The Jakarta Post
Indonesia is preparing a tougher antimonopoly law, allowing the antimonopoly body to launch a cross-border probe into Southeast Asia-based entities and raising the maximum fine to 30 percent of a cartel’s revenue.
The new clauses are among big changes in an amendment of the 1999 Antimonopoly Law approved by a working committee of the Business Competition Supervisory Commission (KPPU), according to KPPU head Syarkawi Rauf.
“Under the amendment, the KPPU will impose a 5 percent to 30 percent penalty of the cartel revenues. That will create a stronger deterrent effect,” he said in Jakarta on Thursday, as quoted by tribunnews.com.
Under the existing law, the antimonopoly body can only impose a maximum fine of Rp 25 billion (US$1.8 million) regardless of the revenues of the cartel, which according to Syarkawi, could reach hundreds of billions of rupiah.
Another important clause is the broader definition of cartel and the wider jurisdiction that gives the KPPU in launching investigations into Southeast Asia-based companies suspected of involvement in a cartel in Indonesia.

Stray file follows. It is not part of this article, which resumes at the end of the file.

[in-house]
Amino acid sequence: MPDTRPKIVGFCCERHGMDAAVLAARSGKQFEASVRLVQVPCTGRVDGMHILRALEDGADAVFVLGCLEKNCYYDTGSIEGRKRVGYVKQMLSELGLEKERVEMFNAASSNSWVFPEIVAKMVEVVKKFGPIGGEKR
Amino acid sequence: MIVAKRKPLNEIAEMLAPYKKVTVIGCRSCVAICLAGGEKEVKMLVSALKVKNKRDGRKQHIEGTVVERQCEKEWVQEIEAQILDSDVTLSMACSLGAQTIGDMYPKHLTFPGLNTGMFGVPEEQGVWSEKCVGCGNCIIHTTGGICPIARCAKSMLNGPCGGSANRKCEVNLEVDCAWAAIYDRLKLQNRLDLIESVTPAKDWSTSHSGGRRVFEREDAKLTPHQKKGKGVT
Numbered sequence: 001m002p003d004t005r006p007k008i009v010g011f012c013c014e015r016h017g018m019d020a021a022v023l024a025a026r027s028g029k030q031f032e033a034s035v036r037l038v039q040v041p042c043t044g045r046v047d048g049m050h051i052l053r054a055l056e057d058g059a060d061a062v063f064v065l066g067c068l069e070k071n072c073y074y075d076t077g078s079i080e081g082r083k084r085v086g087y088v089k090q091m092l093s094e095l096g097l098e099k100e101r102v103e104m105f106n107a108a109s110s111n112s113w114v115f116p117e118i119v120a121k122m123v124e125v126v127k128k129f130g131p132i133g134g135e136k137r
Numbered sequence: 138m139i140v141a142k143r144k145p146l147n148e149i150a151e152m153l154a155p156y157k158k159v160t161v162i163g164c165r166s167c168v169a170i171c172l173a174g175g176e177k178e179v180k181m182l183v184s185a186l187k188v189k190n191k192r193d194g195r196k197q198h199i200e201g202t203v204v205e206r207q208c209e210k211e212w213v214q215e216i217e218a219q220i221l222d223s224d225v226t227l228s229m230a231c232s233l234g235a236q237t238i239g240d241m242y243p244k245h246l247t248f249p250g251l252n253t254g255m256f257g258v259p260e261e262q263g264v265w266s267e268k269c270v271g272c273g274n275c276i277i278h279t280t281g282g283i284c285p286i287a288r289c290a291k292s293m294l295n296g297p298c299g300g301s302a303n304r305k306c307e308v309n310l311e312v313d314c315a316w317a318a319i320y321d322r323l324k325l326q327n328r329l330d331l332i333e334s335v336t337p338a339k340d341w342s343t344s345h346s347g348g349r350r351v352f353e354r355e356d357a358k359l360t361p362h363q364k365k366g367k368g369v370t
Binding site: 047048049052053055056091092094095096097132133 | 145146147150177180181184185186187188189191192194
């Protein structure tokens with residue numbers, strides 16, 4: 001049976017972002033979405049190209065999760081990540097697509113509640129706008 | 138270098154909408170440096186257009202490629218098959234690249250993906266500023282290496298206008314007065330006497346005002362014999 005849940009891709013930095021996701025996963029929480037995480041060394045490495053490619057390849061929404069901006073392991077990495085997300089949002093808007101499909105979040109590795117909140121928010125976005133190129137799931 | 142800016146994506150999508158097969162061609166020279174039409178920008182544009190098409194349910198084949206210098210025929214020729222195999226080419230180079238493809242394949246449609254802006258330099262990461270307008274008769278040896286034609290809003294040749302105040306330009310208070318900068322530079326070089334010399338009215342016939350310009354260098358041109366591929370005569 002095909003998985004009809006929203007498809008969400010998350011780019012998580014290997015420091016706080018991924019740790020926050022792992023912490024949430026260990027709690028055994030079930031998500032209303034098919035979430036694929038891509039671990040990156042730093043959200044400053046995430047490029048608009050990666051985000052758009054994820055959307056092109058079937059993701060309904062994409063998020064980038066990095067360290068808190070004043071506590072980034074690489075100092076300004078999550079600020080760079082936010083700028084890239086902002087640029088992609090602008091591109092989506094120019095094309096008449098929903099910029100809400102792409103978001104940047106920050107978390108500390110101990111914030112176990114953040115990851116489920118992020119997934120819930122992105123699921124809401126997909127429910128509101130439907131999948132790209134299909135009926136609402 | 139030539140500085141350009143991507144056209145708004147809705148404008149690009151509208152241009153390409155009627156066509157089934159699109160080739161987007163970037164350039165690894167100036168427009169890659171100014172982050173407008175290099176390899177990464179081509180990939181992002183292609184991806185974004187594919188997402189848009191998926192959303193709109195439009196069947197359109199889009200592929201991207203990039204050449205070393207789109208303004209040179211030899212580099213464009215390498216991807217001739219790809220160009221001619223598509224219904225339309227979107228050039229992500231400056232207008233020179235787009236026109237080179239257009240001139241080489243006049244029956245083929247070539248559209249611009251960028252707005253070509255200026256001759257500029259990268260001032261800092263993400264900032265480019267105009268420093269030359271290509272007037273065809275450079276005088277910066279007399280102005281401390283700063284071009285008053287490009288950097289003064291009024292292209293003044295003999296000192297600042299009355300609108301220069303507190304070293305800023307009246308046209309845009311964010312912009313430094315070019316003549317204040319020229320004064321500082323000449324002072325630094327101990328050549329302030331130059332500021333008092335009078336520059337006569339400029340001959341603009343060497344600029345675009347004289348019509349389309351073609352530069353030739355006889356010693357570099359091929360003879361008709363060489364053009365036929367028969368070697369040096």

The wider jurisdiction, along with stronger authority, as the KPPU’s status would be upgraded from a commission to a state institution, had been granted to face new challenges in the ASEAN Economic Community (AEC), said Syarkawi.
“The KPPU will be able to launch an investigation. As for the technical aspects, we will regulate them in the supporting regulations […] The KPPU will also be able to fully pardon cartel-linked entities that act as whistleblowers to expose the cartel or monopoly,” he said.
Moreover, the amendment would oblige any corporate action like acquisitions and mergers, which could lead to market domination, to be reported to the KPPU. The antimonopoly body would then issue a recommendation.
The House of Representatives would finalize the amendment draft at a commission meeting before the House’s Legislation Body (Baleg) would include it in plenary scheduling, said Azam Azman Natawijaya, deputy speaker of House Commission VI, which oversees trade, industry and investment.
"I do not think there are significant obstacles at the commission meeting ahead. Hence, the draft can be delivered to Baleg soon. Hopefully, we can pass the amendment into law this year," he said. (ags)
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